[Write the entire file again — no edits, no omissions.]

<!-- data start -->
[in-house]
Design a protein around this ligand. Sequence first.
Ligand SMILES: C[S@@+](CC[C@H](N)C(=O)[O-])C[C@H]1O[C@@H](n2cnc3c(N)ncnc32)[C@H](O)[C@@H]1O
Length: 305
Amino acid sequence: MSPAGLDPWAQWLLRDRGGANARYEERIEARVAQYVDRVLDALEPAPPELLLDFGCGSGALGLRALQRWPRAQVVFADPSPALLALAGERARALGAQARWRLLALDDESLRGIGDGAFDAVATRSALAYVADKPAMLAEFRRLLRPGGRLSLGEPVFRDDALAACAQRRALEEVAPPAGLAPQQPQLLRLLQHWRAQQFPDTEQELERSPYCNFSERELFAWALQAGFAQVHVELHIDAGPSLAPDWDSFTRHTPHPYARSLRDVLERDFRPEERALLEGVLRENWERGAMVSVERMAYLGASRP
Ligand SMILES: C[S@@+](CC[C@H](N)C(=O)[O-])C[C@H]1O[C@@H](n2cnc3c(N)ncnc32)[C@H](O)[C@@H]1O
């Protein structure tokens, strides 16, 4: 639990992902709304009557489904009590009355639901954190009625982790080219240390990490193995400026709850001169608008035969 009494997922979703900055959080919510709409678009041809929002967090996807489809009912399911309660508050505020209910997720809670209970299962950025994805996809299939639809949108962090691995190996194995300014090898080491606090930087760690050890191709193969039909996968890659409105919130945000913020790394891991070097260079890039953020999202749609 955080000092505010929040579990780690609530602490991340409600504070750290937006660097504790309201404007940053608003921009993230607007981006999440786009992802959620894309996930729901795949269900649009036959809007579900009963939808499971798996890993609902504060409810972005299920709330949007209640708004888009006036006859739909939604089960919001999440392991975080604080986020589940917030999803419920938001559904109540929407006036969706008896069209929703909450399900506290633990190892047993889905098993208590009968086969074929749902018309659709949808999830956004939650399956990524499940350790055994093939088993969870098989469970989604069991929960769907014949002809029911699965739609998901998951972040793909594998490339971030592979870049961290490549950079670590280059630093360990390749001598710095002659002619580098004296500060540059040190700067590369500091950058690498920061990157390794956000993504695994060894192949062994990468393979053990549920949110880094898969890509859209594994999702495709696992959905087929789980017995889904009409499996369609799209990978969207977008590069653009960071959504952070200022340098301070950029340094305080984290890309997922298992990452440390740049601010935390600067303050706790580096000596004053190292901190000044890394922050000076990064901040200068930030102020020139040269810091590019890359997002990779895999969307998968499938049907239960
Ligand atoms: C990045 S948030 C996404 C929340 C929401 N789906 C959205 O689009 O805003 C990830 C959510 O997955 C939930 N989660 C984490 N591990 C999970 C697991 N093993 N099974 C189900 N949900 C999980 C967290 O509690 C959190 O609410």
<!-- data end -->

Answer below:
[in-house]
Design a protein around this ligand. Sequence first.
Ligand SMILES: C[S@@+](CC[C@H](N)C(=O)[O-])C[C@H]1O[C@@H](n2cnc3c(N)ncnc32)[C@H](O)[C@@H]1O
Length: 305
Amino acid sequence: MSPAGLDPWAQWLLRDRGGANARYEERIEARVAQYVDRVLDALEPAPPELLLDFGCGSGALGLRALQRWPRAQVVFADPSPALLALAGERARALGAQARWRLLALDDESLRGIGDGAFDAVATRSALAYVADKPAMLAEFRRLLRPGGRLSLGEPVFRDDALAACAQRRALEEVAPPAGLAPQQPQLLRLLQHWRAQQFPDTEQELERSPYCNFSERELFAWALQAGFAQVHVELHIDAGPSLAPDWDSFTRHTPHPYARSLRDVLERDFRPEERALLEGVLRENWERGAMVSVERMAYLGASRP
Ligand SMILES: C[S@@+](CC[C@H](N)C(=O)[O-])C[C@H]1O[C@@H](n2cnc3c(N)ncnc32)[C@H](O)[C@@H]1O
């Protein structure tokens, strides 16, 4: 639990992902709304009557489904009590009355639901954190009625982790080219240390990490193995400026709850001169608008035969 009494997922979703900055959080919510709409678009041809929002967090996807489809009912399911309660508050505020209910997720809670209970299962950025994805996809299939639809949108962090691995190996194995300014090898080491606090930087760690050890191709193969039909996968890659409105919130945000913020790394891991070097260079890039953020999202749609 955080000092505010929040579990780690609530602490991340409600504070750290937006660097504790309201404007940053608003921009993230607007981006999440786009992802959620894309996930729901795949269900649009036959809007579900009963939808499971798996890993609902504060409810972005299920709330949007209640708004888009006036006859739909939604089960919001999440392991975080604080986020589940917030999803419920938001559904109540929407006036969706008896069209929703909450399900506290633990190892047993889905098993208590009968086969074929749902018309659709949808999830956004939650399956990524499940350790055994093939088993969870098989469970989604069991929960769907014949002809029911699965739609998901998951972040793909594998490339971030592979870049961290490549950079670590280059630093360990390749001598710095002659002619580098004296500060540059040190700067590369500091950058690498920061990157390794956000993504695994060894192949062994990468393979053990549920949110880094898969890509859209594994999702495709696992959905087929789980017995889904009409499996369609799209990978969207977008590069653009960071959504952070200022340098301070950029340094305080984290890309997922298992990452440390740049601010935390600067303050706790580096000596004053190292901190000044890394922050000076990064901040200068930030102020020139040269810091590019890359997002990779895999969307998968499938049907239960
Ligand atoms: C990045 S948030 C996404 C929340 C929401 N789906 C959205 O689009 O805003 C990830 C959510 O997955 C939930 N989660 C984490 N591990 C999970 C697991 N093993 N099974 C189900 N949900 C999980 C967290 O509690 C959190 O609410």